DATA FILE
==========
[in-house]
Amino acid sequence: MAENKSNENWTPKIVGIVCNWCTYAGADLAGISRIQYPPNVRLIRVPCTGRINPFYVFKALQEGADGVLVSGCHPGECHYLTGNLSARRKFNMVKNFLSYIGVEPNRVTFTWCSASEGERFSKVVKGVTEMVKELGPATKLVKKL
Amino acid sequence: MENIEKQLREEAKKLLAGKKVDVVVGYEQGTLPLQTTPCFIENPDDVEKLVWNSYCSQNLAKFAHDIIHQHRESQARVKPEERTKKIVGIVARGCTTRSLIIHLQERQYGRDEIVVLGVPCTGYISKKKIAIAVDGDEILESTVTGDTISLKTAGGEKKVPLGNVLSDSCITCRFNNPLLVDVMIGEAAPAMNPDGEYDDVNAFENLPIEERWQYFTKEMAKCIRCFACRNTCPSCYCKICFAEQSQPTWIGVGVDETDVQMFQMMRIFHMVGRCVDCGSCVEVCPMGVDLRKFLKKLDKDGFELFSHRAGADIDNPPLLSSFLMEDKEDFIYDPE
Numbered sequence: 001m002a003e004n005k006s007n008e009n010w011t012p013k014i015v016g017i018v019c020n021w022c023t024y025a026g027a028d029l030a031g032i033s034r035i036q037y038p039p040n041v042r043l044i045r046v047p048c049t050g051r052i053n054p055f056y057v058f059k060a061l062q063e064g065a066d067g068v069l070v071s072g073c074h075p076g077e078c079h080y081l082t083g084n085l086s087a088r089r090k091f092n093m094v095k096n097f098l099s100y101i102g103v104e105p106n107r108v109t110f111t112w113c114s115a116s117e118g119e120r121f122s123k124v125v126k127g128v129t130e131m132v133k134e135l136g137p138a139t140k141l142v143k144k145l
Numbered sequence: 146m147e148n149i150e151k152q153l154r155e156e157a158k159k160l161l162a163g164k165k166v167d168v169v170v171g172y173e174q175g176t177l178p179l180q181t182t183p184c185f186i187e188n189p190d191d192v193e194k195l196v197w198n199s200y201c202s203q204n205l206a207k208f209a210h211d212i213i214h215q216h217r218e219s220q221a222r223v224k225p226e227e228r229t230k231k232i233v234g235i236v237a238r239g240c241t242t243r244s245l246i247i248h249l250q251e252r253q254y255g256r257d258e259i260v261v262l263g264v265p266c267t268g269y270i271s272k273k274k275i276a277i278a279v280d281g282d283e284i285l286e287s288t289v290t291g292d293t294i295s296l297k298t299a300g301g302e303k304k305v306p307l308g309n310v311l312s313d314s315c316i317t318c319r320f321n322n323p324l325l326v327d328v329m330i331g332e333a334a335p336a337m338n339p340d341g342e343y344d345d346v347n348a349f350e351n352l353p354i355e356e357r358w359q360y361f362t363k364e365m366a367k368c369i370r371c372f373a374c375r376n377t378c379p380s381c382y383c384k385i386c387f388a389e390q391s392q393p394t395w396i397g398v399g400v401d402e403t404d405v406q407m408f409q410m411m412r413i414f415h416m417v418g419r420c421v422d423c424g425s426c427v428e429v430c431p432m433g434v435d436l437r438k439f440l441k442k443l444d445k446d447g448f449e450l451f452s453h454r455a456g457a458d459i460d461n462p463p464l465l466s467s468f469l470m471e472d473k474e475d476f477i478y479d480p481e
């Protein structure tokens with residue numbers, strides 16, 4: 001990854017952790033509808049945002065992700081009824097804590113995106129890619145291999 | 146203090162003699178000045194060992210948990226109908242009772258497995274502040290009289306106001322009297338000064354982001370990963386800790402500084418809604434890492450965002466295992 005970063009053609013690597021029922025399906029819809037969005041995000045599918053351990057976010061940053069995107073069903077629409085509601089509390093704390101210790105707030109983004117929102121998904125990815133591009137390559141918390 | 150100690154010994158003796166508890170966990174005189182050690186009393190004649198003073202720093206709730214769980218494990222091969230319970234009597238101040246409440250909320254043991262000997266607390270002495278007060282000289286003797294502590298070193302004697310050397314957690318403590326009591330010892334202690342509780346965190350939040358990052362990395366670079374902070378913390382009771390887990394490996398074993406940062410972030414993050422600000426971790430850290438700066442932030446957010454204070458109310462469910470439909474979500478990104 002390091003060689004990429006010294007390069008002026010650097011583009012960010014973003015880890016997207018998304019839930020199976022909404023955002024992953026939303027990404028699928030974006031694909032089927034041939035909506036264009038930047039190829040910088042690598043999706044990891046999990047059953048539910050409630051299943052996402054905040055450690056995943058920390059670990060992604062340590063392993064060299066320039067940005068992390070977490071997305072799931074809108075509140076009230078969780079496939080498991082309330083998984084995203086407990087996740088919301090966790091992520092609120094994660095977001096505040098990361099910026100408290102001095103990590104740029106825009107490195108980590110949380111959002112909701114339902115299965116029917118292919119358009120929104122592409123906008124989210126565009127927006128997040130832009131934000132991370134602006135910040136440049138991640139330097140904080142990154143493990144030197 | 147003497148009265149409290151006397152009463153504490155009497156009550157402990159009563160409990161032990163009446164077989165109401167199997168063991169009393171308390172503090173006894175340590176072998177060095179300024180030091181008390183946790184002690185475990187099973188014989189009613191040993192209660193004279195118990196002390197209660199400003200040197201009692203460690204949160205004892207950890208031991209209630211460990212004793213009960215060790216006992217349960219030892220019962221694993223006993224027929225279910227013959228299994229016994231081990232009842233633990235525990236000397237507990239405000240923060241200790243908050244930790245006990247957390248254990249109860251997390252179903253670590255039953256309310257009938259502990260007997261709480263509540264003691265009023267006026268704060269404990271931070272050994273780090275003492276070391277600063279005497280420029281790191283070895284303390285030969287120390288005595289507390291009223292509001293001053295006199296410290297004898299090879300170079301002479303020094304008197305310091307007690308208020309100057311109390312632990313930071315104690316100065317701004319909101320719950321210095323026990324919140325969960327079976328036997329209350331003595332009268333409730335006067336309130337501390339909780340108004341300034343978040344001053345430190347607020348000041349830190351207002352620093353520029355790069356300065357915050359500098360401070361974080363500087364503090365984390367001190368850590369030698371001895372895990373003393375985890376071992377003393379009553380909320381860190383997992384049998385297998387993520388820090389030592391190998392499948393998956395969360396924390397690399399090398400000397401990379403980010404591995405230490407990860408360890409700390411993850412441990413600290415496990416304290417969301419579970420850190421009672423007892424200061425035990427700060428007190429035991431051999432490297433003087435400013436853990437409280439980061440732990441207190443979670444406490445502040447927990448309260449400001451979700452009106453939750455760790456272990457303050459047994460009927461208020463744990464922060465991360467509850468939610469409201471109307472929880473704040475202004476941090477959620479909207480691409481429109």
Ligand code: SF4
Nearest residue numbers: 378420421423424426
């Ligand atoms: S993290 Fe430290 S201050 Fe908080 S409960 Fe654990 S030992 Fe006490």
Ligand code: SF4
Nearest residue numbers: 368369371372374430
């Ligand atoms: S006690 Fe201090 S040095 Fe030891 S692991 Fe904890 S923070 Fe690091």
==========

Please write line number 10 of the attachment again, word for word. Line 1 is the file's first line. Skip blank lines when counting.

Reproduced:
Ligand code: SF4